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R+UfoskzEEmw80XQrOn3Qe8n0Cm2/Z8I07NpOsA491vksVth5NaoTqXT4gFOW16gMho8Hn5JJtUHPfUgE7uI9AEY277PjoEVzSucF4FoSwsU6NXcVzAq6oIMoNdWCpCumW9ii5s3CA1eHxLa+HzucBUpXzHi2CZ5Eeq1Hsxj8LiGFj3Qfw6HmvmOGqkNczc6N+hBmY37x3r6P7J+yrWYWtiKwaXPwjqlGwOXOC0OE6Ob1SPiCy8njmTTx+TgfYihh8PTNUVnBgvlccw7gNexfL/aDbDsRVLzYCzRwHExvO/uVG1Ja9zC9zg0x1iTeL+cpe5T4/Fx7vtfk8tzePcpYWvlJ4H6CqcuotlwC2YUc/GCDYqZ2gOaodhzfsTXDbPZlvqouUg0Cbjm8T4L041nH1Rp2axBY2hTpxNydw1SmUo079sZ+JSbi2/iC8oYFjxI7wRcKbtkBPlBp37QPxBd00vZcaj1CqfsxV4GiW1R/K70ujcGjzax+zf2EKnCV25ACbjmpYyrIdAm2h3rOYhwJnKR2RCfjuk2NF+29nkuWX6v83kuWnIuME9HyUm0jwTBrApQFjtoCZTITDZ9Mknt+QXjYlG4J7Q50kC417FOd6ODqeElZjbw+2cOAaP8AaD81sqVdsa+AcfQLHe0bf9Q8ietldcEatANjzCz8NvJVvRU8rwL0qK6ozXsVmUEXVDHIhhTCpnVMKdIwSO8KdZsjsVNQ2B3hAFUzdfa9nYvPsNhJ/dgUSf5WVA0eQavh7KlpWmZ7VuGAbg2WBe6pUeeEDK1vfJPdG9AIMbVzOceJJ8TKGKNwNZmdwc4hseMRqtBs7AYWpHUJmTOYiw38p3byjRse5W7NbNQdhP14oz2hwjKdRwpklk2J80Psg9ciYkfMfXclfRGb6Zh0xopVMWWGMpPNenR0kmyuLQd+4LDZhxtJu9rh4KjGPpVIuQRyKMDZ3+i8dQ7PBE1ApwTqbZ64k6kzuRgrtP3h4oR1AfhCrOHbvae6EWSgY9yHwzes8/zfIKr9kZ/MPFEYemAIF0BKq9onMSBFyBMdyGDqB/8Ar4tKlj/cd2JWzDTotcL0mww+x/it8FyE/YzwXKtloVHNe24qroh9ElTawcAs1raTxNiEzwNQZwz7zogb0spUXOPVEm9tNyt2M6Kgc7WT3WO9TcZTP620OjJa5rpGoELK7fxHS1Oka0gZQ28TYncO1OMbiRJMSTM8t10nqP5A/X/ieHjxl2dT2X7OVKzC8ODbwAQTPPkEmr0i1xadWktPaDBWjwO2iym5hLt2UWtxulTqtMOeXtzlwdBmIcT7yubKyFwRLHLzE4csNwYOmm7XzVYVpEB4VIOqmzQnwXrGX+tUAGCinPHRNEdbMbzugWjtKm+gCqzhHHS6BpXTfdabZGOGUNYyXm14DAAJk+evDfokNPAP1I8RITvYmCALi91T3SA5jQSHH4tJ0kX7Ny5Q5jXe0jx0dMdUlsgkAAuJuZjcIgLOsflIcN1/BO9tMblaxsk6mQRHK+qUvoOA93v14o3Bo4qTc7i1SdVy3J6ttfkl9PaBjKRuyz+oUXBzzc6aDdHLwWfC0DquJpm7aZjiSW+ACvwTW1R1XuaRq0me8TqErdh3TBMRYg7vrVSDuje1wMHer4xJ07Av3PHe39Cq3YWp/KUfRqhzQ4aEAr0uUXSeVJMVXdTjM3XfKto1JBPG/kr9rMzNjmELRECOH9krpcQx/uO7F5g2aLsd7juxTo2VYCioXijnXLTaGeZi+InvT97qVPDlrgOkfDmmZyrNNMLnGbypuO2ky0cbM2i6m+W34jce1DnGESBY7zx4qrAYnKDcA6gneRuUcO0OMEi+/SEtHvo1pbZ6jWZQSLTvKFqYsEGPRcdmAav07PUlU1RcaHcUaG0WUzqV7VZvI5/+oulS3Gy9xGELoATJfiQK7mMLW0obprAiR4ovG+zosWENAbcCTpqTJkJfjab3ZXGARDRlbFt0nuWm2Hj2im41DJYJJdGhsI5+qVXO2eqbIl7ADlpmCHEyN2sc58V21tl9AQA7O074Ig8CiHbWkZszWkGwyc5lX/5l07IeQTeeHhuS3S1CJo5fXam1GmGwTDTFrFx/tuRtdg6gNobYCNYtIF9LKiqyoNaVje8W9bpbtPWk6NQFwAkmdY9JU69d7YjMI3OZMbxBaL/+rtmVKgfIpNhuo87rqm06gcXObvnnru5QpX8KsPimvvWaAGx1m2jXRpuCqcdiWOdFKlb8TyZNr2BAHemgr0K9jl/qIae0FA/s7ASWGdRebQePBBB30C8OGRsGJhoBHDKeHeofsDoMCOqRJ0uQZBHIeaZ4Z8SHASezytoi6gcQDBLImQdR2I5WDWydpaM/SCWuFxvBbABB7B4pTjzThoYSYAkm1zMwPyrUPq0nD32hw3HqmZ4HkgsfsqkWyGxMGWiLTw05K/7PtPD6Q2O/7FnePMosuVe1KtLLR6CRDIqANg5rfd8Utdi3tgzPaPO2in2zvjovGOsPrihQde39FbiduPfSbQFKm3Kc2fV5O+/Mbr6KOCw7nSXEZBBcY05eSKqYhcaeoexWtVOM90rmkm82VY3otbErkPn5nwC5PkOFIoXoCanYdY0+kDRGsTcDjCHwmGnNmiwtJgSq2WgeVTotM21TfCgNEhs8zcT81VXoZiXGATuaIS2egOILibumPqytwTxBae0IjoRuCkaEAJbPQprDkDwZjqn/AK/onFdwLGg5QQJtqBF1moCuwriAQDrqNUGg95LjllX06NV0t/FEj4b6prgK9MN62Udog+KrwzM56p0mI1RstAn4RrWFrmOza5psO7grtm7Pa2C4nMdIt4q99J+cZtczQJ0PaivaEtpvYDMiCSLpbVIl0LHBzPdO47+ZV1QAsa0EnLYnelDXZjnBmNY4Ih1Y/d19UyO9nYb7F5bEkwSTpz7Uoq0usQTqvDXflIEDkdShs2kmCfFZ1UqjH4YAZm3HhCEwtSsbTbgi8U4vEA6XVWHblvxsqnovlSaz5iSY3bk1wu0HhpkaC0ce9UUKObffsUqlPKYcD2hHQlsHAmqJp5ZBvLZjj36K5lJ250AbiOrJ1y8BySWjXNMy3frzTXBbXZUOV4ytAJMmAY3DfKdksKXVRrNZEyGuO86nw9UrxDTMHdG4Qp1K7nPdBsTuEWm2uii3DCZ1uPoqZFAC24IsNFf+1ObLA45X5SRxiMpPejjhA4WEOFxzvZBbSaM7RlcHAX58D6qvaVFd4J7PVTpjqnt08F1I30nciQ0AXM2Hjw+aNCAujP1K5McnML1I12yNuNflY/qmwn7tt/JC7aq0jUimG5QLxvO9IWC9kWKdwONlWtJ3uDm1Tlgdq6nT0JV7KOg3BEnDhxtu0UXJcgRmGOq6qJMpvTwZAhQq4YQfAKOfaiGACiGsg66q3F4XLzCi4gjwhXtGlVSAOKt2bXyO5KOcHXQIKq+Cq9lvVab2ha7O20dQOjXVZ3GYhzjBkkCL69iJbj3HKSSSBHduUHNcRIFzNyiC0sFUttMc5VtHHvbcOv8AJdidnkXlUMwTiYCpLT4LFZ25+FuyVXioLi1oH1qgqNB1MRG64nVWdIZBylTdH2KwuDOUkHUAAceK8xNMi2nzVmHxDQL5gRccFTSqB0jNpef0UqWUKrRZo08VKvUvJkzovQ0D71yqmuBaZ1GhQFbaU6i0qhjWtrsLvdBuORtKYsYQNItKS7RxHWgKp2Sza+MGc9EYHJR2XtMNd9p1h8/mqcMWgiRIRX+VZ+tZgnQp66GxrcS1zi4GAfAcOxB7QxILgQd2qCq0i0kT4IfPqCiQbWuru1aSI53XUsW8c51nXuKpuNy9Y2UyE/tfb4rlT0S5IPaVBzTLhCNwvvTwUAZN5KLotGUgC5Rb0JEmkgSEZs7DueRBudI1VdFhHVeCAVbsx7qbwW7jIKyrQxxuBrUrua5DsrzqtnSxjcRTgm8X5JFjvZt8yHsDeOim4fSmfxpMXNuKV06dR0ljZA3pm7AFz8uaRvRtbZ7jlaDDBqBaVphjpnlSvC7Ne+7jATJuyWOLQBvurTSyggI/AYbQzBWiYQbc2Uyk8Fswd3NBYdl44p9trES/LrCGYwBuaB2KbdHrZXiKOUk6n5qGFZe5MoyrULjyB0hRDRNwotXIlUGbTxQzXQdboitaRNtUPSoFzrJQx+Gw5f1ogK2nsbrCTl32TbAYVrad7GELXqxcGI4po328x2wopFzCSdfBJsLQdqR2p27bgDcjd+qNwVBpjS6KuaqjEYEdDOYTCwhpHMVr/aXCFsEOIHCbJNgqPWNpi8LTGM8lGAosbLnTO4InCVy3NI14lGYNgdJqMy84VuEpU3FwaJhXxTsnxTgRECeISqrwWxw2CmoGloAST2gosZWIAsp0ZO4eS8pm6IqNGs2VdOmCYlIR7PNeq7KvUHpaRlNivcM+HCTBlW0yJgr3EYYOM+CLCaHaLGuYwzpvVFSrTaLkKDgX0IF4S/BYNrveEqNbVRWz8e7pQaZIE3J0K0D8VncQTaNJWfp0ww28EHjXklBy09xIDSHNA4W1Km7EGBKS4LGOYOI0uva9eZHgq2nLs0p4jrgapljK7adPM63Abys3squ1pc87gh6+NdXdmdoNAnvSdDxULjMXPkrqlhpPFDYYxde1606GAsttZHdCW7uasxBaSELWxbiIFhxQFbaEWCfG0W6HuptuSraONpM7fRZavjHE6qk1Srnj+0XNqq21XE9XRLKlZ73XcgMPjCLFF0cQAVcxidjWAAXTDYG0jnAN72SWtiMzUBh8S9rgQbhGU2eN1X0P2vouLWPNp3LJ4d7qT51lW4jatSqAHu0VL3IkGV3ROM2iS3RWbArNbmcTdKsTWCrwrrEk2TtJqK202OMgxCy20qmd5M6ryvUt1UvqPKQ2scyypK9a5XMg6oJVnPFeqyG814gHH3leNy5ckZpsz929UYXcuXLNd9JV9UJiNe5cuRC+Eme6e1D1PeXLk6SFT3Cp7P0PYvVyd9HB1PRDVt3avVyzWjjvcCRV1y5aYek5ew4XhXLlohzVe1cuQQlqpGq5cgCd4VtXRcuQC6rqr2+6uXJGnh0HjPeXLkCqWoij7y5cgouXLlyA/9k=)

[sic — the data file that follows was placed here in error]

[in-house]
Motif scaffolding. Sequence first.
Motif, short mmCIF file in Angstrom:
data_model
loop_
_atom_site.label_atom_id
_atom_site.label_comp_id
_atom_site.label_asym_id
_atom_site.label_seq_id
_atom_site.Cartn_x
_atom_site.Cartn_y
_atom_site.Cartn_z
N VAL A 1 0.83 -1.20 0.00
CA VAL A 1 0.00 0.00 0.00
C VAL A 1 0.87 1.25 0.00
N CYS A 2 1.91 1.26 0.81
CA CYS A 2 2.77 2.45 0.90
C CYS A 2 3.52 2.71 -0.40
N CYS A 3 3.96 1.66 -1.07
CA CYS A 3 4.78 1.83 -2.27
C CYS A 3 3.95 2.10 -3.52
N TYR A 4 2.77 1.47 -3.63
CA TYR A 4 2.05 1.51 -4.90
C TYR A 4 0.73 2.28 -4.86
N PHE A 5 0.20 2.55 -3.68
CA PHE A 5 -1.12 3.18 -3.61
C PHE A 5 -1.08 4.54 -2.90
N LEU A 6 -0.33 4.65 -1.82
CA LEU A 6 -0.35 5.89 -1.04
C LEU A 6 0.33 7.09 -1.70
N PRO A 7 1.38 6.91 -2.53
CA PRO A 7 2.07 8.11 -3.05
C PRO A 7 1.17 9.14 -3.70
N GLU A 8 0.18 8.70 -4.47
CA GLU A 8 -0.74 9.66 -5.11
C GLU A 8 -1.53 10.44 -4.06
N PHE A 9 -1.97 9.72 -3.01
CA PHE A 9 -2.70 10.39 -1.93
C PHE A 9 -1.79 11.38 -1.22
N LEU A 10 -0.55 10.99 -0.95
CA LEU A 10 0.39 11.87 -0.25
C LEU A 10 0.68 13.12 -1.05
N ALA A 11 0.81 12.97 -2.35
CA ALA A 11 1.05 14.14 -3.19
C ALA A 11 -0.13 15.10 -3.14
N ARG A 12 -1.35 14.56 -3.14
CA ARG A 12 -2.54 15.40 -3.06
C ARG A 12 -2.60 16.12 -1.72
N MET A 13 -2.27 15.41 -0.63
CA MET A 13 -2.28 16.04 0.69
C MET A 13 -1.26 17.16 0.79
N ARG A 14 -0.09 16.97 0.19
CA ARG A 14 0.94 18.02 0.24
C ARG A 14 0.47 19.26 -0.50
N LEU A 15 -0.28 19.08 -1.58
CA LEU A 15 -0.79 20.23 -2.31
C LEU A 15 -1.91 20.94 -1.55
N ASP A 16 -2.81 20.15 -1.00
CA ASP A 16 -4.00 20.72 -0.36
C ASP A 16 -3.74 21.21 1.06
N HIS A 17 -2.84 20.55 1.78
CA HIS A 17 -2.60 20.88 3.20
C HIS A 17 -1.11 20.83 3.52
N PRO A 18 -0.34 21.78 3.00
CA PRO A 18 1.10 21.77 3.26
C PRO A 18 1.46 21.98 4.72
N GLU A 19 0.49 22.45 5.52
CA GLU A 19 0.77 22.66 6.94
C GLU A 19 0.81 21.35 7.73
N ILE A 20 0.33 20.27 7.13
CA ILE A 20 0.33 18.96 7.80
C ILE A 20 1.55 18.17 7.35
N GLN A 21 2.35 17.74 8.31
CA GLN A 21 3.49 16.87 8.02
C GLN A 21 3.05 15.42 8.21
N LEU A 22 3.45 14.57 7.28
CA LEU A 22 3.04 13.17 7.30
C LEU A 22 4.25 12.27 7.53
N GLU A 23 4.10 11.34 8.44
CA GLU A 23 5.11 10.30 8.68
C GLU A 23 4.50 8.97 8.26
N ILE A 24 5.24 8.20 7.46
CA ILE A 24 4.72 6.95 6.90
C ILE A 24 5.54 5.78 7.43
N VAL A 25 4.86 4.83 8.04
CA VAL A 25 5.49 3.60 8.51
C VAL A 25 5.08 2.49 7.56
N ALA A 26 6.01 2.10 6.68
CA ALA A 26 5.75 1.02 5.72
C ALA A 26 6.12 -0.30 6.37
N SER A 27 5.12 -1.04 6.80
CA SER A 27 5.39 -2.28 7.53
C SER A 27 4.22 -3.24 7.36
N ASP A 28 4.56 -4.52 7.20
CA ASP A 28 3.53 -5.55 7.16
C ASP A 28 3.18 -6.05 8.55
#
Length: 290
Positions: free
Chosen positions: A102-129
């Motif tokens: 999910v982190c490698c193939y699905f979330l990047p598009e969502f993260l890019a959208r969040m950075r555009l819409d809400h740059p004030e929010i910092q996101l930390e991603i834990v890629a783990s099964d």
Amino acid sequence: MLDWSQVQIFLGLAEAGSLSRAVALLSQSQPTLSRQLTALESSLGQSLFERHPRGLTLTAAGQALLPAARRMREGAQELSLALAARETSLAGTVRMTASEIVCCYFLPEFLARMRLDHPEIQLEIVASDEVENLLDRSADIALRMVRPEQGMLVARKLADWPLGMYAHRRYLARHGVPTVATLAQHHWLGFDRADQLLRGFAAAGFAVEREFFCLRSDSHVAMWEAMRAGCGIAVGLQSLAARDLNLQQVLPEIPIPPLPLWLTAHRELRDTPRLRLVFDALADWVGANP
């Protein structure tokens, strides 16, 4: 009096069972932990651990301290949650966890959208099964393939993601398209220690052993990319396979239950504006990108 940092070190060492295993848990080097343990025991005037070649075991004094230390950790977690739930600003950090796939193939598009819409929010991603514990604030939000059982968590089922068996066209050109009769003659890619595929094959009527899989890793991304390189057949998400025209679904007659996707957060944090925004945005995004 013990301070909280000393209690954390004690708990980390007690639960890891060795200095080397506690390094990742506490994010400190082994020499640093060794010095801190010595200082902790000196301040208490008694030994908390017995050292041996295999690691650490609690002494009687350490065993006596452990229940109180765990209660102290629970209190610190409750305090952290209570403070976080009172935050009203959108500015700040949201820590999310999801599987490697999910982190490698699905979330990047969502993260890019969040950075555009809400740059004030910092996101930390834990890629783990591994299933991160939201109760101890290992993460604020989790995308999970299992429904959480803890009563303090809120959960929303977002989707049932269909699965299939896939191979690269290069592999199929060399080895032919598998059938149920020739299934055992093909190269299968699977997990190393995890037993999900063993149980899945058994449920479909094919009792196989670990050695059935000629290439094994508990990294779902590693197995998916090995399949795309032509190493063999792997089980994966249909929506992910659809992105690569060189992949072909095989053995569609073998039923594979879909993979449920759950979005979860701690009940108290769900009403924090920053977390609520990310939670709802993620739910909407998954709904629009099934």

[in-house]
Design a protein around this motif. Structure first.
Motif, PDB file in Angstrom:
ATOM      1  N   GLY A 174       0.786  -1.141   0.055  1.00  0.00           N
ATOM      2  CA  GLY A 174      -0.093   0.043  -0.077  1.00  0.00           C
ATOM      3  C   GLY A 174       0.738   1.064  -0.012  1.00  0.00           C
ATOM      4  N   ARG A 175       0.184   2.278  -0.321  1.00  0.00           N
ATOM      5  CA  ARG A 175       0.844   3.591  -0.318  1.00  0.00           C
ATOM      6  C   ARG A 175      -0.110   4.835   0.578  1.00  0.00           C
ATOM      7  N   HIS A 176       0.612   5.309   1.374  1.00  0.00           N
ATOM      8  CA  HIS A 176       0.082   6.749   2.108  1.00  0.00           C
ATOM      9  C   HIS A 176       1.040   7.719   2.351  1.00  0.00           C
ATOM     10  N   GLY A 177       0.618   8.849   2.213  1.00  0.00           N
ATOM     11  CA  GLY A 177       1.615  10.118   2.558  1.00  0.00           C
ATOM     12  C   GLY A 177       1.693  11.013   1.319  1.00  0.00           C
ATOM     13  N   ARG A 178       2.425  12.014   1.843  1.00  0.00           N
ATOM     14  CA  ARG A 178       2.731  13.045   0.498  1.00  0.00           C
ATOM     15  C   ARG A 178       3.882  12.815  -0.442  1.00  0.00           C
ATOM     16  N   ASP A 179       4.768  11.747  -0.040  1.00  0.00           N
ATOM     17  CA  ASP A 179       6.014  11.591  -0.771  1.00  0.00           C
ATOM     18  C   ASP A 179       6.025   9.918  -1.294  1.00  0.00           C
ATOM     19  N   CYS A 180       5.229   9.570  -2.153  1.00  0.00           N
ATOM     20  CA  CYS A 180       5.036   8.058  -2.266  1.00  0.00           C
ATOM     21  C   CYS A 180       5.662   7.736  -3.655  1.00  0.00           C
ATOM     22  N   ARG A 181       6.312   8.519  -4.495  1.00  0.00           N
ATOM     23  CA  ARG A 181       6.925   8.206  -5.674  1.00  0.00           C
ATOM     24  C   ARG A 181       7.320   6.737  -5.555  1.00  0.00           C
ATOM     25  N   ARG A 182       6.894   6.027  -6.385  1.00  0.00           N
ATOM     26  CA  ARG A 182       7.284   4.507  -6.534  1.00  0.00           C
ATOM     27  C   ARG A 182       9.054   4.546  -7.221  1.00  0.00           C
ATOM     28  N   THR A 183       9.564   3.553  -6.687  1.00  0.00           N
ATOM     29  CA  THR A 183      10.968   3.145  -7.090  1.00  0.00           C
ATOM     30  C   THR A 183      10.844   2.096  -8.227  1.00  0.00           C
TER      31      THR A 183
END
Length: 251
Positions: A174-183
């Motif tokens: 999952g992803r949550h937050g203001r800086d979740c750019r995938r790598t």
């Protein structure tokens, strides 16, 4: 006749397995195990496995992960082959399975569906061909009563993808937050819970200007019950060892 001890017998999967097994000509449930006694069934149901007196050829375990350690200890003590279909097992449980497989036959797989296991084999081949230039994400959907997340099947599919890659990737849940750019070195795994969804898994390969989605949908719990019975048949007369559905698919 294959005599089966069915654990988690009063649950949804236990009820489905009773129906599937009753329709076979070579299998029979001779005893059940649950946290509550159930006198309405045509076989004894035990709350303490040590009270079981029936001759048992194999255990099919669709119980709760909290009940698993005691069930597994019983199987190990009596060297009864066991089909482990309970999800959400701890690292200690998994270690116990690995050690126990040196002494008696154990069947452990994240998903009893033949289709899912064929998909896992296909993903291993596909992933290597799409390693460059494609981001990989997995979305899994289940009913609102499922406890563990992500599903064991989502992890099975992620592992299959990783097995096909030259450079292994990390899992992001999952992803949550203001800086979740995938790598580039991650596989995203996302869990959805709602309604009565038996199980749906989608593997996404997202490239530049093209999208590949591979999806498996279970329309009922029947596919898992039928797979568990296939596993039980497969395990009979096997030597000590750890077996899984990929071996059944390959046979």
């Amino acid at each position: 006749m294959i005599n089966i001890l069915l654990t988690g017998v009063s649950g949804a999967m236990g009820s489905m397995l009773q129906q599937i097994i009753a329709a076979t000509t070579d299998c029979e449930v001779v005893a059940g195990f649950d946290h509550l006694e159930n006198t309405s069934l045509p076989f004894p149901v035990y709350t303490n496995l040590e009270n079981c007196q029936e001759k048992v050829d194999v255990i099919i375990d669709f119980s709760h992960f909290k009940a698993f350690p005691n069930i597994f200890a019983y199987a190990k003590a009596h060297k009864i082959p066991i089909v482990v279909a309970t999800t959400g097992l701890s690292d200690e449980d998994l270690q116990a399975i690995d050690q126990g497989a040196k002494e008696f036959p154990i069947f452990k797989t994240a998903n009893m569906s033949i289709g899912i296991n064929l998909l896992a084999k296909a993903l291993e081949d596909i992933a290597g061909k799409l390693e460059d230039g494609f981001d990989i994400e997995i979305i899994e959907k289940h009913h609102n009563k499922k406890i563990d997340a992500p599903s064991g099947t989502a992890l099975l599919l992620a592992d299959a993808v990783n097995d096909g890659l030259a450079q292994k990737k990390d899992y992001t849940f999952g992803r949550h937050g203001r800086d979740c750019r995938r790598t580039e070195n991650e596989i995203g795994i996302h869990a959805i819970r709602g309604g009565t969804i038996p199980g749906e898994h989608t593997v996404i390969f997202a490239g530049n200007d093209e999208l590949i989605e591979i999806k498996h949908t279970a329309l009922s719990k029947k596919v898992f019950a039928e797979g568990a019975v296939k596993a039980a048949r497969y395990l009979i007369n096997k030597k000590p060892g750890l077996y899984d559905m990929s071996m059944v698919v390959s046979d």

It's just the wind.